'Abu Al-Ala'a Al-Hadrami (Arabic: ابو العلاء الحضرمي, "Abu Al-ʿAlāʾ al-Haḍrami) was a Yemeni envoy sent by the Muslim prophet Muhammad in the 7th century AD, to spread the message of Islam to the region that is now Bahrain and Qatar. He was from Hadhram in Yemen.
Prior to Islam, the inhabitants of Qatar and Bahrain worshipped idol gods like Awal or Nestorian Christianity. Islam swept the entire Arabian region in the 7th century, overturning the idol worshippers. Prophet Muhammad sent his first envoy Abu Al-Ala'a Al-Hadrami to Munzir ibn Sawa Al Tamimi, the ruler of Bahrain, which in those days, extended the coast from Kuwait to the south of Qatar including Al Hasa and Bahrain Islands, in the year 628 AD, inviting him to Islam. Munzir, responding to Muhammad's call announced his conversion to Islam and all the Arab inhabitants of Bahrain and Qatar including some Persians living in Qatar also became Muslim, heralding the beginning of the Islamic era in Bahrain and Qatar. Consequently, Abu Al Ala Al-Hadrami was appointed by prophet Muhammad as his representative in Bahrain to collect the Jizya (religious tax).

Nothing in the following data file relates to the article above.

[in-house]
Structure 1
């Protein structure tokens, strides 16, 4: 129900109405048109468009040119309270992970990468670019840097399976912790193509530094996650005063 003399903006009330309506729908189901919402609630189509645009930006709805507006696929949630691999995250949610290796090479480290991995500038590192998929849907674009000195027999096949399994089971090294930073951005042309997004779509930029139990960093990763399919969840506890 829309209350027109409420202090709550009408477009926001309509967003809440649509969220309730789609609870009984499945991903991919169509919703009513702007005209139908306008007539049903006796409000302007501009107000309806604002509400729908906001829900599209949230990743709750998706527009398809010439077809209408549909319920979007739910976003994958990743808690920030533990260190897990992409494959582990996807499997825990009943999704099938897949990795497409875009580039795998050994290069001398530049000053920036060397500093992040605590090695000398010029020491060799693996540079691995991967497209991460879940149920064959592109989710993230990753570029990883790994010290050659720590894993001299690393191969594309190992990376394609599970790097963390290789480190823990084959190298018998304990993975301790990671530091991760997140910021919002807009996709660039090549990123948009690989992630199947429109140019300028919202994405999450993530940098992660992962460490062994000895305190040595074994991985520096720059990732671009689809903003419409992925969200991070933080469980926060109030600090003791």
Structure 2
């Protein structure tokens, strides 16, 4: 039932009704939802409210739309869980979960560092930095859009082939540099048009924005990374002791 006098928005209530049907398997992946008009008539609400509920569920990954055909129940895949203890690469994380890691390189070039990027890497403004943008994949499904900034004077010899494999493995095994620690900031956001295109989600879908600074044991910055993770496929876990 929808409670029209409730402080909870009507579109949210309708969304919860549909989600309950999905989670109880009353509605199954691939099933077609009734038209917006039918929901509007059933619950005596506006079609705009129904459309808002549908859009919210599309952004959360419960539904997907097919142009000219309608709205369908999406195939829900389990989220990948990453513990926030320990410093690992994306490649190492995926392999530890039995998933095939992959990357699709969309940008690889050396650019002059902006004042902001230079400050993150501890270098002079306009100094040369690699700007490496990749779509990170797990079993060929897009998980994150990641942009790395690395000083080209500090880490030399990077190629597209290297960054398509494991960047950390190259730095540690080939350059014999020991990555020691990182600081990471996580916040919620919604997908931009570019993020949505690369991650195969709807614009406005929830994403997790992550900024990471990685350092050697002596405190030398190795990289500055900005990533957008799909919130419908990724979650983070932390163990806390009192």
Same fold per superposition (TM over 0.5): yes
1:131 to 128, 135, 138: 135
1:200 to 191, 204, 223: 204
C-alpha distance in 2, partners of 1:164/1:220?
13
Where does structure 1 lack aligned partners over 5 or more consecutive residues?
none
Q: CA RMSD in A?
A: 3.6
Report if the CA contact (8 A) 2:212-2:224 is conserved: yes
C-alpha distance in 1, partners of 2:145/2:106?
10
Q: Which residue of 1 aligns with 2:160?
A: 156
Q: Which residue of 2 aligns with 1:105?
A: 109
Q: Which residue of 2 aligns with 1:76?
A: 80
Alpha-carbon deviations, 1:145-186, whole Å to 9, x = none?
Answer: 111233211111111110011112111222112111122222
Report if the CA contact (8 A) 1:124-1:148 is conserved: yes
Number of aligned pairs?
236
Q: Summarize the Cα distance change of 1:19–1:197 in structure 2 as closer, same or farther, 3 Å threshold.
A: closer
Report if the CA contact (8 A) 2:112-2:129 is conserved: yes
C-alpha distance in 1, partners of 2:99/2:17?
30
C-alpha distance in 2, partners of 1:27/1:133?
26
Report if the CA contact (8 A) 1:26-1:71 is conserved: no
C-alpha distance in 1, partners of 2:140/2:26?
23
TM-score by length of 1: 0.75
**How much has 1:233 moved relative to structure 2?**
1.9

Al-Ala' was also the ruler of the region from 633 until his death in 635.
The letter from Muhammad to Munzir ibn Sawa Al Tamimi is preserved and can be seen at Beit Al Qur'an museum in Hoora, Bahrain, with the seal of Muhammad still intact.
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